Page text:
editing

Writing Active Settings, Part 2 — Guest: Mary Buckham

July 24, 2014 Writing Stuff
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USA Today bestselling author Mary Buckham is back with Part Two of her guest post on writing active settings that keep our story flowing and connect readers to our characters. Today, she’s sharing the second biggest hurdle to writing great descriptions.

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Writing Active Settings, Part 1 — Guest: Mary Buckham

July 22, 2014 Writing Stuff
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The trick to sharing setting information (which our readers do need) without dragging down the pace is to write active descriptions. Active descriptions let the reader imagine the setting in their mind, keep them anchored in the story, and slip in information so seamlessly that they never realize they’re reading descriptions.

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Building a Character Arc: Start at the End

July 17, 2014 Writing Stuff
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As I mentioned with the worksheet I shared last week, it’s often easier to work backward when we’re framing our story. At the very least, knowing the ending often makes it easier to see our character’s arc.

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Blogiversary Winners & a New Worksheet!

July 10, 2014 Writing Stuff
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I can’t make everyone a winner in my Blogiversary contest, but I can give everyone a gift by releasing a new worksheet. Yay! A couple of my readers asked me to take a look a John Truby’s work and see if I could come up with a worksheet based on his teachings.

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How to Use Layers to Show Intense Emotions

July 1, 2014 Writing Stuff
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A “numb” reaction isn’t unusual for dark or deep emotions. In fact, it’s probably fairly normal. But it makes writing the scene more difficult. How do we show numb and deep emotions at the same time? How can readers connect to an emotionless character?

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7 Storytelling Lessons from Sports

June 24, 2014 Writing Stuff
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At their essence, most sports have a lot in common with storytelling. There are “good guys” (the home team) and “bad guys” (the visiting team), and they battle for who comes out on top. The audience becomes emotionally involved and roots for those they identify with to succeed, and we all wish for a happy […]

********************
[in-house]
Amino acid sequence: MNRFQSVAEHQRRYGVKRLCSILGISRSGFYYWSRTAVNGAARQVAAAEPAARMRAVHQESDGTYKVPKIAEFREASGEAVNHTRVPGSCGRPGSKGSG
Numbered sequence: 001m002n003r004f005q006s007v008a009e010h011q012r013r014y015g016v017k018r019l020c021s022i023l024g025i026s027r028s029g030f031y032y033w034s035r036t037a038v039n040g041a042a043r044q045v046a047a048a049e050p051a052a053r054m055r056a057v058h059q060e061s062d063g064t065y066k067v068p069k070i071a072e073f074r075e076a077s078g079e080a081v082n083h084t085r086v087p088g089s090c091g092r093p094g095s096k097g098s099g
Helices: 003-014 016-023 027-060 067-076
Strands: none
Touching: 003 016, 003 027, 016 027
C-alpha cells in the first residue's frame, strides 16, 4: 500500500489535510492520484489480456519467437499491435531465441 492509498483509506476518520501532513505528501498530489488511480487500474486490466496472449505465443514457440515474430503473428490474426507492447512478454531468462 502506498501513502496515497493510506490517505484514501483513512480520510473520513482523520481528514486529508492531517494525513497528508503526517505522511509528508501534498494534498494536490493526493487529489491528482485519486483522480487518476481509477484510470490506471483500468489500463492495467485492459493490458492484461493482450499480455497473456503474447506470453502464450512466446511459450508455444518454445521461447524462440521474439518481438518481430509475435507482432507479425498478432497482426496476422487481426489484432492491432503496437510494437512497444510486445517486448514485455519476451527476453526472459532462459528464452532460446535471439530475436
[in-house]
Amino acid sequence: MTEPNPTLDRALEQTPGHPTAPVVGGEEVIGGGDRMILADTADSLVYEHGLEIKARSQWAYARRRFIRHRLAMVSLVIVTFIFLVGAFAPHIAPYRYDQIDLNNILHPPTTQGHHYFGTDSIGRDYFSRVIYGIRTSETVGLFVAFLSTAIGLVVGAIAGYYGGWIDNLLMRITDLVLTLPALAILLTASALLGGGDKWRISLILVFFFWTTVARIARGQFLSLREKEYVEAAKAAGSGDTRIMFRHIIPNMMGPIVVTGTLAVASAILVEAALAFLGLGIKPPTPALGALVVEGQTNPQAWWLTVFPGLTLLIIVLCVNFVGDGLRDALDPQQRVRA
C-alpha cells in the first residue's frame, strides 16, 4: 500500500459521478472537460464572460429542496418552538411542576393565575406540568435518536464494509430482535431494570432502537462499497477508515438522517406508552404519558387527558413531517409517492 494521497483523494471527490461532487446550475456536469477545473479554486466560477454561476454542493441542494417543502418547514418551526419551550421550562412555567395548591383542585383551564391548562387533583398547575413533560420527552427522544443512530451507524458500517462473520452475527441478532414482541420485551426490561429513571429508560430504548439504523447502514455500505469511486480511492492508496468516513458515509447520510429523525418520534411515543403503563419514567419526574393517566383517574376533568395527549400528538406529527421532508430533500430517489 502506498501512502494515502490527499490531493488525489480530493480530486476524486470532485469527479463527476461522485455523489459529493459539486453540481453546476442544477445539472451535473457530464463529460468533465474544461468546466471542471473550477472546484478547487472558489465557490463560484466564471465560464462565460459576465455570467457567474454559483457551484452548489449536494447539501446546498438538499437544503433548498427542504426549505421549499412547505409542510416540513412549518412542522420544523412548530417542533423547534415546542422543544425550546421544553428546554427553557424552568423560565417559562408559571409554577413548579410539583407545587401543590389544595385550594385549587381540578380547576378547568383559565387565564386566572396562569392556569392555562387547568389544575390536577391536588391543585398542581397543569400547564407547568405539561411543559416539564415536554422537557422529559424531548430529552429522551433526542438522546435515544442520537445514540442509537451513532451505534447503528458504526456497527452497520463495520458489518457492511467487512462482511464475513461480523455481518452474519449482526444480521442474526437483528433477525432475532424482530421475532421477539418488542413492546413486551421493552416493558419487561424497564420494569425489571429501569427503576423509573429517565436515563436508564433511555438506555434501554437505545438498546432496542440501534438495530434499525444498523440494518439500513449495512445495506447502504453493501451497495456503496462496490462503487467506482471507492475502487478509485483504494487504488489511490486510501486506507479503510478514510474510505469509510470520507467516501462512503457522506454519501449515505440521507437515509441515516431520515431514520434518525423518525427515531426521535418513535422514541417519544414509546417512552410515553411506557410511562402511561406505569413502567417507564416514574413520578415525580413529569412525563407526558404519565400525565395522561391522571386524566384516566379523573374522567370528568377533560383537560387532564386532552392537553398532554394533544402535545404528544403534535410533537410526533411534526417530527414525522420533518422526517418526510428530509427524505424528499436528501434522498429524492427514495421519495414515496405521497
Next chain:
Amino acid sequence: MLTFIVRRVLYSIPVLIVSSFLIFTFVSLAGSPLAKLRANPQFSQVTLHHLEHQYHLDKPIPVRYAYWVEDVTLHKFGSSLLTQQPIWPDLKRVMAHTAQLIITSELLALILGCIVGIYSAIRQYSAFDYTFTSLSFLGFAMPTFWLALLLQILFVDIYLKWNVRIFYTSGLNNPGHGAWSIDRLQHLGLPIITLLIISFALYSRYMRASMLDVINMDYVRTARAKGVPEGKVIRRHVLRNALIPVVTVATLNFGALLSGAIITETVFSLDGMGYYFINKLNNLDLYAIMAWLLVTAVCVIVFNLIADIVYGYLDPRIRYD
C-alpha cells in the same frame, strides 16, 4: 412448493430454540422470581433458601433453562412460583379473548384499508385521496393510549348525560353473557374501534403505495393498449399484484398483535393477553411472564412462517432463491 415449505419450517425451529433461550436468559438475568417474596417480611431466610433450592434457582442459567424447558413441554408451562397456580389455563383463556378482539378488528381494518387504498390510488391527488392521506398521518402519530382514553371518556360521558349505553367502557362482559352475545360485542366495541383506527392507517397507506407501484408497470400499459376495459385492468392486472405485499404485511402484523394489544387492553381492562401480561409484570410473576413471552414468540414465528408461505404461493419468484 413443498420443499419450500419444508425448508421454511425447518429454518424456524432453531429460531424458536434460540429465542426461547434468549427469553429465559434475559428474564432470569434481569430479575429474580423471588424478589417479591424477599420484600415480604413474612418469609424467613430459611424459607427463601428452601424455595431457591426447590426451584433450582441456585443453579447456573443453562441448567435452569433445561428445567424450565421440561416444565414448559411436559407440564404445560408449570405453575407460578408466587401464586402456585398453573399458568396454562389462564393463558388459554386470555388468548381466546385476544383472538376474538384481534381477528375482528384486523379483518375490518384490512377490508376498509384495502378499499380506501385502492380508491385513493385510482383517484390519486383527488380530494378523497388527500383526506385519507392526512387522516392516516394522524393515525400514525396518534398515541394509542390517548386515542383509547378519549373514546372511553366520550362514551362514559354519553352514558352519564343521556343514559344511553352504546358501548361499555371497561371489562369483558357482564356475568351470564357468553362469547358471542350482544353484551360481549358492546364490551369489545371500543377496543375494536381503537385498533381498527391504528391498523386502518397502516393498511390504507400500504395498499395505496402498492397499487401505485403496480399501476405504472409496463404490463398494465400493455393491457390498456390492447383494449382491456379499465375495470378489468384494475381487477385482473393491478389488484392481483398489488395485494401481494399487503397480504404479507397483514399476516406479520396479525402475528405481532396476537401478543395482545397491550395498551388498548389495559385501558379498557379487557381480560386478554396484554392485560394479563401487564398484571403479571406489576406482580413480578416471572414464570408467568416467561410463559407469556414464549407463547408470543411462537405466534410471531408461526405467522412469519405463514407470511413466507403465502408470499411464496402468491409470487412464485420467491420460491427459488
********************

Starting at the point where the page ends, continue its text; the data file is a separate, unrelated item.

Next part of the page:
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6 Steps to Balance Your Editing: Plot vs. Characters

June 17, 2014 Writing Stuff
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After we’ve finished drafting our story and the warm fuzzies of that accomplishment have faded, it’s time to buckle down for the next step: revising. Many of us aren’t sure where to start with revisions, even when we know something is wrong with a story. When I help authors edit their books, they sometimes mention […]

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Expand Our Senses and Improve Our Descriptions

June 12, 2014 Writing Stuff
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How many hundreds of times have we all heard the advice to “show not tell”? That’s often good advice (except for the times when it’s not *smile*). Other than the exceptions, “showing” usually is better than telling because it pulls the reader deeper into the story. But that means we need to figure out how to […]

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When Should We Skip a Scene in Our Story?

May 8, 2014 Writing Stuff
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Every story beat or turning point scene—when events affect the main story question, conflict, or goal—needs to be included in a story. But what about non-turning-point scenes? How can we tell when to include them and when we can skip ahead?

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Building a Theme through Character Arcs

April 3, 2014 Writing Stuff
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We normally create stories where the point—the theme—is in line with our worldview. But it’s not unusual for our characters to hold opposite beliefs, even our protagonists. At least to start. And their story journey is often where our theme lies.

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